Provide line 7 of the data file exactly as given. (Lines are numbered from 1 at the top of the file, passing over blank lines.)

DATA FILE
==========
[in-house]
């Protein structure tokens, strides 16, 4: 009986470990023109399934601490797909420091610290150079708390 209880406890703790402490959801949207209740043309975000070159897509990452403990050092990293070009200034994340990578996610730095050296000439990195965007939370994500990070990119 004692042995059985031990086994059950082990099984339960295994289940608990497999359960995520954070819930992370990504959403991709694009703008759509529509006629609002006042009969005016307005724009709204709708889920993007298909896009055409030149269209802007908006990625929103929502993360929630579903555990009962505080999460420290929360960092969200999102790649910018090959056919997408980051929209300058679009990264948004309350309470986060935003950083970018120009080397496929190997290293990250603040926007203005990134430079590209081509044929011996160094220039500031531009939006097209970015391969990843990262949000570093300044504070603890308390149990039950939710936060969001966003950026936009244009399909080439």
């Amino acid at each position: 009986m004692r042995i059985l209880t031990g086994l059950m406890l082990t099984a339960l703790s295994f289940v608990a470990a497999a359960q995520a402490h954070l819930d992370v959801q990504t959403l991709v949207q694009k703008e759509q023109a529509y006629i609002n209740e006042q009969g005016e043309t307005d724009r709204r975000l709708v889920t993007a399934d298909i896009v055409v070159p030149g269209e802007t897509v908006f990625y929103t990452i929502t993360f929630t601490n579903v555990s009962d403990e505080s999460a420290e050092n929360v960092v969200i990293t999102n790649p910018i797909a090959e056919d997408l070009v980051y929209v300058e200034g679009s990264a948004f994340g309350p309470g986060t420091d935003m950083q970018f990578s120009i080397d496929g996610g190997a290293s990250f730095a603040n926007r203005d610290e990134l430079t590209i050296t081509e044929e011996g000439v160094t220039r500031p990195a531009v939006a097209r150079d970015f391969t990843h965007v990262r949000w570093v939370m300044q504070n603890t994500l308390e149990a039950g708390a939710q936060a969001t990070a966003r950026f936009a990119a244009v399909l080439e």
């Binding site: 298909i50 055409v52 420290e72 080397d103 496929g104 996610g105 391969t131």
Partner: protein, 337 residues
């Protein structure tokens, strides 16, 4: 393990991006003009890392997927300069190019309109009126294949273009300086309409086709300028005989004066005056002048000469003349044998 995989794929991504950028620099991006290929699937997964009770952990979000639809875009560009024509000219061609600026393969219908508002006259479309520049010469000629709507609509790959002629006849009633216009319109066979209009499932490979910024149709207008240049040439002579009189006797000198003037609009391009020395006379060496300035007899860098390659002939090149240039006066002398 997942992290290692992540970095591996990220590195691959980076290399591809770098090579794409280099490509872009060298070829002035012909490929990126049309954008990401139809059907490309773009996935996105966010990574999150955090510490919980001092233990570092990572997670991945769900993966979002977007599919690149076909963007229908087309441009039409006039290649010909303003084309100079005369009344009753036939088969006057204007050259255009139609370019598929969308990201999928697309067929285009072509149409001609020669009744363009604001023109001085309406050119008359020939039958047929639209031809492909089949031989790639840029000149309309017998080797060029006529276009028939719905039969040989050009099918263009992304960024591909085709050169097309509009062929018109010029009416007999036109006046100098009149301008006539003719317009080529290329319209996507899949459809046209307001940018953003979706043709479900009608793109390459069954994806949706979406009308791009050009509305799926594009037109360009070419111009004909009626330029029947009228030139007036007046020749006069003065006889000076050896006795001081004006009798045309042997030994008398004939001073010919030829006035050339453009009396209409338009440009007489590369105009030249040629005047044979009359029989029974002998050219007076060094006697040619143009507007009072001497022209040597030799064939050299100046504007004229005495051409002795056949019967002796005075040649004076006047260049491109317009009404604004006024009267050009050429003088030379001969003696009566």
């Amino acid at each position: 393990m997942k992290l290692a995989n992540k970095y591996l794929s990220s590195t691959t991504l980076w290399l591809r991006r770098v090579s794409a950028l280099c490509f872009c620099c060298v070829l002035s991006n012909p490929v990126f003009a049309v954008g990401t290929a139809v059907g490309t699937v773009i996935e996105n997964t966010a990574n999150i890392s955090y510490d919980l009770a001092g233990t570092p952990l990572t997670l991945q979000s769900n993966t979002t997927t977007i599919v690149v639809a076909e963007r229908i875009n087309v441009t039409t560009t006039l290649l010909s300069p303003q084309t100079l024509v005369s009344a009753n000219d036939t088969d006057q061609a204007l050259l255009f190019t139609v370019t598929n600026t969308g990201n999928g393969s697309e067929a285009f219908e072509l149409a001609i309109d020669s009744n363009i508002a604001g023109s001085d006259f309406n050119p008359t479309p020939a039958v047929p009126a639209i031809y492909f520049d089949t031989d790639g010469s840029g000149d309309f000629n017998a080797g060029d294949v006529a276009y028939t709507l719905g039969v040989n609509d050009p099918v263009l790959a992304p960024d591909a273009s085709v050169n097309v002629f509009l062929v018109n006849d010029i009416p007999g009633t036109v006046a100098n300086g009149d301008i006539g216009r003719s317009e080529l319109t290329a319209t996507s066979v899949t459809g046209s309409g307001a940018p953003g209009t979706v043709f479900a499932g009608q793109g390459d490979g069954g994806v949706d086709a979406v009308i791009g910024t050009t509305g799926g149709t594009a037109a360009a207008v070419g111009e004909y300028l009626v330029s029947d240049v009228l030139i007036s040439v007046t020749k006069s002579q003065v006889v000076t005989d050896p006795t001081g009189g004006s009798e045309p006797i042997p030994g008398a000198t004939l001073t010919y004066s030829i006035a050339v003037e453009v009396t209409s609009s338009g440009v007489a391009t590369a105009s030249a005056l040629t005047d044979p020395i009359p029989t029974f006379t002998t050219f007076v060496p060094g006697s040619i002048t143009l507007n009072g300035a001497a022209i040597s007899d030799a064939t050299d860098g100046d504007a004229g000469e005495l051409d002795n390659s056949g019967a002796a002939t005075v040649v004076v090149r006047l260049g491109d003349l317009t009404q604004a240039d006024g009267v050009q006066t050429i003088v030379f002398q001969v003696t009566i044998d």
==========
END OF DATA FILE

């Amino acid at each position: 393990m997942k992290l290692a995989n992540k970095y591996l794929s990220s590195t691959t991504l980076w290399l591809r991006r770098v090579s794409a950028l280099c490509f872009c620099c060298v070829l002035s991006n012909p490929v990126f003009a049309v954008g990401t290929a139809v059907g490309t699937v773009i996935e996105n997964t966010a990574n999150i890392s955090y510490d919980l009770a001092g233990t570092p952990l990572t997670l991945q979000s769900n993966t979002t997927t977007i599919v690149v639809a076909e963007r229908i875009n087309v441009t039409t560009t006039l290649l010909s300069p303003q084309t100079l024509v005369s009344a009753n000219d036939t088969d006057q061609a204007l050259l255009f190019t139609v370019t598929n600026t969308g990201n999928g393969s697309e067929a285009f219908e072509l149409a001609i309109d020669s009744n363009i508002a604001g023109s001085d006259f309406n050119p008359t479309p020939a039958v047929p009126a639209i031809y492909f520049d089949t031989d790639g010469s840029g000149d309309f000629n017998a080797g060029d294949v006529a276009y028939t709507l719905g039969v040989n609509d050009p099918v263009l790959a992304p960024d591909a273009s085709v050169n097309v002629f509009l062929v018109n006849d010029i009416p007999g009633t036109v006046a100098n300086g009149d301008i006539g216009r003719s317009e080529l319109t290329a319209t996507s066979v899949t459809g046209s309409g307001a940018p953003g209009t979706v043709f479900a499932g009608q793109g390459d490979g069954g994806v949706d086709a979406v009308i791009g910024t050009t509305g799926g149709t594009a037109a360009a207008v070419g111009e004909y300028l009626v330029s029947d240049v009228l030139i007036s040439v007046t020749k006069s002579q003065v006889v000076t005989d050896p006795t001081g009189g004006s009798e045309p006797i042997p030994g008398a000198t004939l001073t010919y004066s030829i006035a050339v003037e453009v009396t209409s609009s338009g440009v007489a391009t590369a105009s030249a005056l040629t005047d044979p020395i009359p029989t029974f006379t002998t050219f007076v060496p060094g006697s040619i002048t143009l507007n009072g300035a001497a022209i040597s007899d030799a064939t050299d860098g100046d504007a004229g000469e005495l051409d002795n390659s056949g019967a002796a002939t005075v040649v004076v090149r006047l260049g491109d003349l317009t009404q604004a240039d006024g009267v050009q006066t050429i003088v030379f002398q001969v003696t009566i044998d």